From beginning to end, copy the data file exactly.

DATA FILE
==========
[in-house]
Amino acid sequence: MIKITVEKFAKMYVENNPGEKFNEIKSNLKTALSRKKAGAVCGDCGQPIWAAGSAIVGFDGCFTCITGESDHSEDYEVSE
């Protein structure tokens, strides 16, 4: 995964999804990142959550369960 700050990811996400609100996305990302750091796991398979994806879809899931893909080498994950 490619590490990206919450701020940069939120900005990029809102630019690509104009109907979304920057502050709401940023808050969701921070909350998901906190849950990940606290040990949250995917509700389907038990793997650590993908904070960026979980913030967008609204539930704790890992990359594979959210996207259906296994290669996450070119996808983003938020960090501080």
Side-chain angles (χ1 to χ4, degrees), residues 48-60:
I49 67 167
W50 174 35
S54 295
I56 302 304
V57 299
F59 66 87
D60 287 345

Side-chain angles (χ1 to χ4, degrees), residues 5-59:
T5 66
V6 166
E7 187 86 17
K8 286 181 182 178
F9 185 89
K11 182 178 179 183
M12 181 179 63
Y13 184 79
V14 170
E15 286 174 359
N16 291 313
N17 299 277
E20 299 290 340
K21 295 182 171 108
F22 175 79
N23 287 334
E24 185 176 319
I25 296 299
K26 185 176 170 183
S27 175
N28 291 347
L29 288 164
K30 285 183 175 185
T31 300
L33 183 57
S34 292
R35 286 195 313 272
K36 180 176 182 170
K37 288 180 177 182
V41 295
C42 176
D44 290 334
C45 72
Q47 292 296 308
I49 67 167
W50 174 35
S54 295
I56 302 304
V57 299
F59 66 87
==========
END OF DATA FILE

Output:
[in-house]
Amino acid sequence: MIKITVEKFAKMYVENNPGEKFNEIKSNLKTALSRKKAGAVCGDCGQPIWAAGSAIVGFDGCFTCITGESDHSEDYEVSE
């Protein structure tokens, strides 16, 4: 995964999804990142959550369960 700050990811996400609100996305990302750091796991398979994806879809899931893909080498994950 490619590490990206919450701020940069939120900005990029809102630019690509104009109907979304920057502050709401940023808050969701921070909350998901906190849950990940606290040990949250995917509700389907038990793997650590993908904070960026979980913030967008609204539930704790890992990359594979959210996207259906296994290669996450070119996808983003938020960090501080």
Side-chain angles (χ1 to χ4, degrees), residues 48-60:
I49 67 167
W50 174 35
S54 295
I56 302 304
V57 299
F59 66 87
D60 287 345

Side-chain angles (χ1 to χ4, degrees), residues 5-59:
T5 66
V6 166
E7 187 86 17
K8 286 181 182 178
F9 185 89
K11 182 178 179 183
M12 181 179 63
Y13 184 79
V14 170
E15 286 174 359
N16 291 313
N17 299 277
E20 299 290 340
K21 295 182 171 108
F22 175 79
N23 287 334
E24 185 176 319
I25 296 299
K26 185 176 170 183
S27 175
N28 291 347
L29 288 164
K30 285 183 175 185
T31 300
L33 183 57
S34 292
R35 286 195 313 272
K36 180 176 182 170
K37 288 180 177 182
V41 295
C42 176
D44 290 334
C45 72
Q47 292 296 308
I49 67 167
W50 174 35
S54 295
I56 302 304
V57 299
F59 66 87